You may have heard the term “DeFi” flying around. What is DeFi?
An abbreviation of Decentralized Finance, DeFi is an umbrella term for financial transactions that disrupt the traditional, centralized banking approach of most major financial institutions.
Today, these disruptive transactions happen most commonly in the worlds of blockchain and cryptocurrency.
DeFi financial products and applications are made available on a public blockchain network to anyone. This allows them to sidestep the need for financial institutions such as banks or brokerages that serve as “middlemen” for traditional transactions.
Whether you are buying, selling, or lending, DeFi allows you to engage in a peer-to-peer transaction without the need for a centralized institution.
This article will offer a deep dive on the topic of DeFi and cover:
- how DeFi works
- the DeFi tech stack
- real-world use cases of DeFi and
- how centralized institutions can take advantage of this momentum and use blockchain without losing control over financial transactions.
How DeFi Works
What is DeFi technology and how does it work? Decentralized finance is created through several different types of protocols and technologies in addition to blockchain, including open-source technologies and proprietary software.
The majority of DeFi solutions currently run through the Ethereum blockchain, which uses smart contract functionality.
Smart contracts are an automated way to define the contractual terms between the buyer and seller on both ends of the transaction. These contracts contain a specific code that defines all terms and conditions; if the terms or conditions are not met by either party, the collateral involved can liquidate automatically.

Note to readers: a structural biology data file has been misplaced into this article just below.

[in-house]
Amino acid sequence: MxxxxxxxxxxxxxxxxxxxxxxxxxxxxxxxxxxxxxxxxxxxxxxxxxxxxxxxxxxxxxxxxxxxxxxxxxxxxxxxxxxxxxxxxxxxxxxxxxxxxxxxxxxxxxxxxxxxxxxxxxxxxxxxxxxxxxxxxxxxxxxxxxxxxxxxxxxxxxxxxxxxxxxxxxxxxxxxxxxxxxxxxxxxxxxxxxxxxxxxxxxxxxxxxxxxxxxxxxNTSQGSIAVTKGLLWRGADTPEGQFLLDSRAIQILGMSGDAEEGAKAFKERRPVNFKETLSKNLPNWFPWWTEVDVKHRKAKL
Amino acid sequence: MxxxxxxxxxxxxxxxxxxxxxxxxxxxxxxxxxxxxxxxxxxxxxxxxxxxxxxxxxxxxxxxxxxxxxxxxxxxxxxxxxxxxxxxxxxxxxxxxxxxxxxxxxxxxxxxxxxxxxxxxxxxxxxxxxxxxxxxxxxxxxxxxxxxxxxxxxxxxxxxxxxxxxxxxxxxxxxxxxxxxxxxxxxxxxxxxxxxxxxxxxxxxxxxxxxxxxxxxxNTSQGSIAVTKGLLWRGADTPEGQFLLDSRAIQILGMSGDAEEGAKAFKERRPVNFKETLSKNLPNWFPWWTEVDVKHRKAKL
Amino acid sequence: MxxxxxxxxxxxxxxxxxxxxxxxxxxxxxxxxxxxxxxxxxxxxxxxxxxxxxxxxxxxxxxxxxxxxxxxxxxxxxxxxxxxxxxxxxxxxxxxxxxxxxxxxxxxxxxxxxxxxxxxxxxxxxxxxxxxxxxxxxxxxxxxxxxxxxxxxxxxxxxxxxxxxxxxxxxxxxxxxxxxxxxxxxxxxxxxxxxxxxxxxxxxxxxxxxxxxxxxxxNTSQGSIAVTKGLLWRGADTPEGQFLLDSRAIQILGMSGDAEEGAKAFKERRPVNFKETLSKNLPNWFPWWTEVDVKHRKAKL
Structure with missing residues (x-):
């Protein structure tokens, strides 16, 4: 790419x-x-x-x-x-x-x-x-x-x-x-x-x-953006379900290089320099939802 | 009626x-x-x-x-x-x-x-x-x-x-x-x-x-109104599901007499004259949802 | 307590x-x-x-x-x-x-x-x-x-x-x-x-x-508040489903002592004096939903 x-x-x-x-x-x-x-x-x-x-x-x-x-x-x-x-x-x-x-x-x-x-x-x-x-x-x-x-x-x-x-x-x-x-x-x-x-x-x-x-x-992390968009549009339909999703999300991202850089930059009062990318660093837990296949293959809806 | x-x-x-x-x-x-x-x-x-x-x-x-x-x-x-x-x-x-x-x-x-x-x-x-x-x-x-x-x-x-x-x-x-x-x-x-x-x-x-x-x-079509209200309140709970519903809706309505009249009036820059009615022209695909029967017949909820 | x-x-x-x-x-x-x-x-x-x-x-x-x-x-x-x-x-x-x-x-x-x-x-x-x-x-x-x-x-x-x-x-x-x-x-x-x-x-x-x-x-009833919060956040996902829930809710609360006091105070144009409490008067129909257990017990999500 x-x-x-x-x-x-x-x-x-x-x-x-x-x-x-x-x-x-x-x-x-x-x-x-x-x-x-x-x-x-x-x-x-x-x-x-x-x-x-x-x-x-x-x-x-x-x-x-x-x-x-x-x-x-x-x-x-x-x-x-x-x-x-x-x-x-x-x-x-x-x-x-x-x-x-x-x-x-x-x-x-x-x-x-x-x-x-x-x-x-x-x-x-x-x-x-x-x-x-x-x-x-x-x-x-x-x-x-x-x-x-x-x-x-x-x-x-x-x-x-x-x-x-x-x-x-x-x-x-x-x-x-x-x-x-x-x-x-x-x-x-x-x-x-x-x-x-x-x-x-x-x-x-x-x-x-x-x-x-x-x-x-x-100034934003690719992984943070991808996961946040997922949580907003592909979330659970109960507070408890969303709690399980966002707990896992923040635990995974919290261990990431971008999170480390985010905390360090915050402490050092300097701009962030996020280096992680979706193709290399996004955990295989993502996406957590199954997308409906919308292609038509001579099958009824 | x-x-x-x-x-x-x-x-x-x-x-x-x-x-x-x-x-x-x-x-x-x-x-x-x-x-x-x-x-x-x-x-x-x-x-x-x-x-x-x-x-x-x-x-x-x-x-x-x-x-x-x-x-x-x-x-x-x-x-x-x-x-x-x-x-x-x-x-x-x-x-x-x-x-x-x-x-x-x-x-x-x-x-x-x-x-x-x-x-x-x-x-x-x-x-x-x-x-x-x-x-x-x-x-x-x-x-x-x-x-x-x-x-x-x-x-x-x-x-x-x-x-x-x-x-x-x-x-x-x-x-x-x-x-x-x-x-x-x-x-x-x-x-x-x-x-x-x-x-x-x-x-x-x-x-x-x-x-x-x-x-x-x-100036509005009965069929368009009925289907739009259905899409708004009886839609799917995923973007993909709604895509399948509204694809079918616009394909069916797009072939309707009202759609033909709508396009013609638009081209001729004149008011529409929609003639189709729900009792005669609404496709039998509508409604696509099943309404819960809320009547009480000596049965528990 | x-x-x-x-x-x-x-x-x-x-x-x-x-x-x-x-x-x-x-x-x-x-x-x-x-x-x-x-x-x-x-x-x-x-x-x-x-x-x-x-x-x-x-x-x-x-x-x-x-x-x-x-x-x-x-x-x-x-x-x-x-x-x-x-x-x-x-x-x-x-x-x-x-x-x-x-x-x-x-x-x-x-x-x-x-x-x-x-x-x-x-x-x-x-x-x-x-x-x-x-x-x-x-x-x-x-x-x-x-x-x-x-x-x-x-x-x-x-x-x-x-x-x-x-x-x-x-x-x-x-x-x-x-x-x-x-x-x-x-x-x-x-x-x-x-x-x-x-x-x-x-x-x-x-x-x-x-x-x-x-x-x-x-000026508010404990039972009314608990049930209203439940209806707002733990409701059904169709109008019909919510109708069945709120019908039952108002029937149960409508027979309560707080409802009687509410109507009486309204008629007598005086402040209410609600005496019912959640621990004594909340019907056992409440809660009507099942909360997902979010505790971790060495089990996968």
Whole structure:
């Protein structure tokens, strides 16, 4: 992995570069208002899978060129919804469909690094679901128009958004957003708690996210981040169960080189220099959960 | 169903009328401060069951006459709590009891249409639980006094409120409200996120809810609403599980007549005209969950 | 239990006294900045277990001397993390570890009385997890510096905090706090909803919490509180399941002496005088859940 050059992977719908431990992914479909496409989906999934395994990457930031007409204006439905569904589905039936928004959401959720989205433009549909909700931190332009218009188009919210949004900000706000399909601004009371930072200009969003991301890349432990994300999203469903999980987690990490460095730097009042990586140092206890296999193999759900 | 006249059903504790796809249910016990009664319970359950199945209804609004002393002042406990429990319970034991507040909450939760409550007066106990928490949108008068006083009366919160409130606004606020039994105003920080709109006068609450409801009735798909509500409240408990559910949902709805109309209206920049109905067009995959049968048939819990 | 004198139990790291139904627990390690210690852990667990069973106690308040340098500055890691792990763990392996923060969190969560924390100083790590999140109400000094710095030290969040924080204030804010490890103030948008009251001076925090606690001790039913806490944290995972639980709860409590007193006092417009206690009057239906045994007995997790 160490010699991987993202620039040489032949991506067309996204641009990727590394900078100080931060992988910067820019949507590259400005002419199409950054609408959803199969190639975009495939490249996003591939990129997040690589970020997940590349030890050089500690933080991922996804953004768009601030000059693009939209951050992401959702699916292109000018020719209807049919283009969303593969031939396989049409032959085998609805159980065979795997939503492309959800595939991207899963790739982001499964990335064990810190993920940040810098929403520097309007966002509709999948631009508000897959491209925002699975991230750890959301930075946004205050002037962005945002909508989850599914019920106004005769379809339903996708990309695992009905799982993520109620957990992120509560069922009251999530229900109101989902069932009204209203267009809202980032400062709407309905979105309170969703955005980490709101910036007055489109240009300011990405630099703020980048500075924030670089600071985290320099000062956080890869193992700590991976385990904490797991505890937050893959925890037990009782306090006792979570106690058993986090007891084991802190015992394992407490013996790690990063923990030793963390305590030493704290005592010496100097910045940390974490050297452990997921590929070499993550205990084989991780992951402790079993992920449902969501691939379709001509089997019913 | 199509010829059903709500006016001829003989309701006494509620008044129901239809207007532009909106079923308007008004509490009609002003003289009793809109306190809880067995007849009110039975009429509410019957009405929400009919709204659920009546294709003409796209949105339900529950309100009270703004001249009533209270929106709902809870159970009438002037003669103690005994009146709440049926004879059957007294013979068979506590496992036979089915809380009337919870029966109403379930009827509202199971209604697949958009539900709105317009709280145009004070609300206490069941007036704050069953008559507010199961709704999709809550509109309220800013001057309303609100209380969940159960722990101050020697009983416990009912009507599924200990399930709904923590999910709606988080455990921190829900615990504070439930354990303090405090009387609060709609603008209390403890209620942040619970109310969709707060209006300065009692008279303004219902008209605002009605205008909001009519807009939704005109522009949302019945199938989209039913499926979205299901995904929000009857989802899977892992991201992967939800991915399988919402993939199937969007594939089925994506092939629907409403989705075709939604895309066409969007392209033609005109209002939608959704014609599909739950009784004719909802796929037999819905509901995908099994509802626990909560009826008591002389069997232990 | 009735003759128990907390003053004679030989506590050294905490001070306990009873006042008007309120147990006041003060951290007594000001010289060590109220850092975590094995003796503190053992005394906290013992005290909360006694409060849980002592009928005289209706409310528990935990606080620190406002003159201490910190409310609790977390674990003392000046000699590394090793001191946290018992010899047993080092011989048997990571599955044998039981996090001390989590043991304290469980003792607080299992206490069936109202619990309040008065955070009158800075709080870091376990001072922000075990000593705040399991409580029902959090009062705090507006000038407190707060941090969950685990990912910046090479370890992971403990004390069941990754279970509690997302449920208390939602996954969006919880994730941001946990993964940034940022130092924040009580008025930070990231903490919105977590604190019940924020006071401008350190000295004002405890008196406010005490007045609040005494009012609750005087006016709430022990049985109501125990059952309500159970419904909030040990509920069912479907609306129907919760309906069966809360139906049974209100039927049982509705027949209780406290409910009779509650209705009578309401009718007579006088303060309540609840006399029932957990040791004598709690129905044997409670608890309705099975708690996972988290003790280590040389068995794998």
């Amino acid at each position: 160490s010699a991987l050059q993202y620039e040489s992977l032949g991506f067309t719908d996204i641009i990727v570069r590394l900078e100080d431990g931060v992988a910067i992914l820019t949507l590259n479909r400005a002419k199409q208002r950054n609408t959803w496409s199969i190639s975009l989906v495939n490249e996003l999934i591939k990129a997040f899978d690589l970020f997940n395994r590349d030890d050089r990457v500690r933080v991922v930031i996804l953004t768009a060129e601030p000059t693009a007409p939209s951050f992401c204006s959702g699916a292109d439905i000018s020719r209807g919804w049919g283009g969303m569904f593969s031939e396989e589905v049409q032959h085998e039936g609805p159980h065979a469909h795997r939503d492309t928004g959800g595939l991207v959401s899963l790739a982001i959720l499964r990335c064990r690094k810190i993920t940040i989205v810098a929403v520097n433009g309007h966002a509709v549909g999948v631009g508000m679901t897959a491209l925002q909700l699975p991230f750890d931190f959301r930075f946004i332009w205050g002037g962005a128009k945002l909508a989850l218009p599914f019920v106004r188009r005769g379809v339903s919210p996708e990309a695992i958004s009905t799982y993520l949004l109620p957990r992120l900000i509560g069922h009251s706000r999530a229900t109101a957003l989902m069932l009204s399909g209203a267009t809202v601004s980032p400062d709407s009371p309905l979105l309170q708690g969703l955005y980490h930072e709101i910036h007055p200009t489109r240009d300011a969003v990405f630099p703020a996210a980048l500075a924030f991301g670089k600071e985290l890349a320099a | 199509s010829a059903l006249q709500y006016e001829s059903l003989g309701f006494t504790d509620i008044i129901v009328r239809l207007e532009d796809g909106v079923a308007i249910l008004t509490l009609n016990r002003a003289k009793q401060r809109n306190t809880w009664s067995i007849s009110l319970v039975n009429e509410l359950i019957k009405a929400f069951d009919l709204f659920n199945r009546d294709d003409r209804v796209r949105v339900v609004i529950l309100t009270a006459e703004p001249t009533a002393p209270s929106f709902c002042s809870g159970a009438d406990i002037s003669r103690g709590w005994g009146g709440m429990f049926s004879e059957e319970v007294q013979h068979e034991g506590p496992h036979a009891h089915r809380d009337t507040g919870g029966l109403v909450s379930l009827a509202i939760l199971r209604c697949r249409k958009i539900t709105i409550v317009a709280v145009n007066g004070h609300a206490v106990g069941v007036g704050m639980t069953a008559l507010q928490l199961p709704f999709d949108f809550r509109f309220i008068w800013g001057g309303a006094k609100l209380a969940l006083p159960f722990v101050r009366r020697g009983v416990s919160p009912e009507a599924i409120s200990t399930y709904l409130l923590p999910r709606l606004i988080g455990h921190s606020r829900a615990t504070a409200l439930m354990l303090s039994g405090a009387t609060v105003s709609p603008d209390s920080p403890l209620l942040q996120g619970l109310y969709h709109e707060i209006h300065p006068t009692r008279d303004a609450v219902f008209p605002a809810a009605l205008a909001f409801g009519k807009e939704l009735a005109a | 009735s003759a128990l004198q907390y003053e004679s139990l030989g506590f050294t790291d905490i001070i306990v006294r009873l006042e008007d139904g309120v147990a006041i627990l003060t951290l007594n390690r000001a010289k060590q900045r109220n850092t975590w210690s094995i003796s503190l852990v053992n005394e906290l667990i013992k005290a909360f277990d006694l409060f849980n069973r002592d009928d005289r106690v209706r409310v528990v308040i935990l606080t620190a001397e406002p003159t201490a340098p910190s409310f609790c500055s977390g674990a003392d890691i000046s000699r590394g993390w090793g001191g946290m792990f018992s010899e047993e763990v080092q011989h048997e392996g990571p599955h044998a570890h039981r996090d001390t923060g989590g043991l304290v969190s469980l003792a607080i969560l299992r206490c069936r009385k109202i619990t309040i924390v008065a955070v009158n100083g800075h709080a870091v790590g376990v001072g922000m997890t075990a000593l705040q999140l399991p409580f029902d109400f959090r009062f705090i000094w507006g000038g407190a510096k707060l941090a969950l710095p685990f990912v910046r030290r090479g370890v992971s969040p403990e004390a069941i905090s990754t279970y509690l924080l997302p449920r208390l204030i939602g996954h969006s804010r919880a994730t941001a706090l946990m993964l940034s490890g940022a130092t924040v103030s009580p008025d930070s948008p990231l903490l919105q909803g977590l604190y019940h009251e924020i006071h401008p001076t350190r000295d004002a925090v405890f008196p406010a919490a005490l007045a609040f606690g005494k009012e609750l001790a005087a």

In traditional financing, a financial institution such as a bank would perform this type of ‘oversight’ on the transaction.
While smart contracts have increased the volume of trading in the space, DeFi remains a growing industry with limited regulation and oversight. It does, however, function like more traditional, financial ecosystems, relying on stabilized currencies and various use cases.
The DeFi Software Stack
As with any software solution, DeFi is executed via a stack of components.
What comprises the DeFi software stack? The four layers of the DeFi stack are as follows:
1. Settlement Layer
Also known as Layer 0, the settlement layer provides the base on which all DeFi transactions are built. The settlement layer is formed by a public blockchain and its cryptocurrency or else a tokenized version of IRL assets.
These IRL assets replicated in the virtual world as tokens can be anything from USD to real estate land parcels.
2. Protocol Layer
At the protocol layer, all standards and rules for transactions are defined.
Think of the federal or regional rules governing financial transactions that banks must adhere to. Similar rules are defined here at the protocol layer for DeFi transactions.
All protocols defined at this layer are interoperable, meaning they can be leveraged by any app or service building in the DeFi stack. The protocol layer also creates liquidity within this virtual, financial ecosystem, giving apps the ability to convert virtual assets into real-world assets.
3. Application Layer
At the application layer, vendors create the apps and services that users will engage with.
These apps take the protocols of the bottom two layers and turn them into a product that consumers can leverage. Lending services, cryptocurrency exchanges, and other common DeFi apps all exist at this layer.
4. Aggregation Layer
Finally, at the aggregation layer, third-party vendors take the existing applications from the application layer and combine them to make appealing products for investors.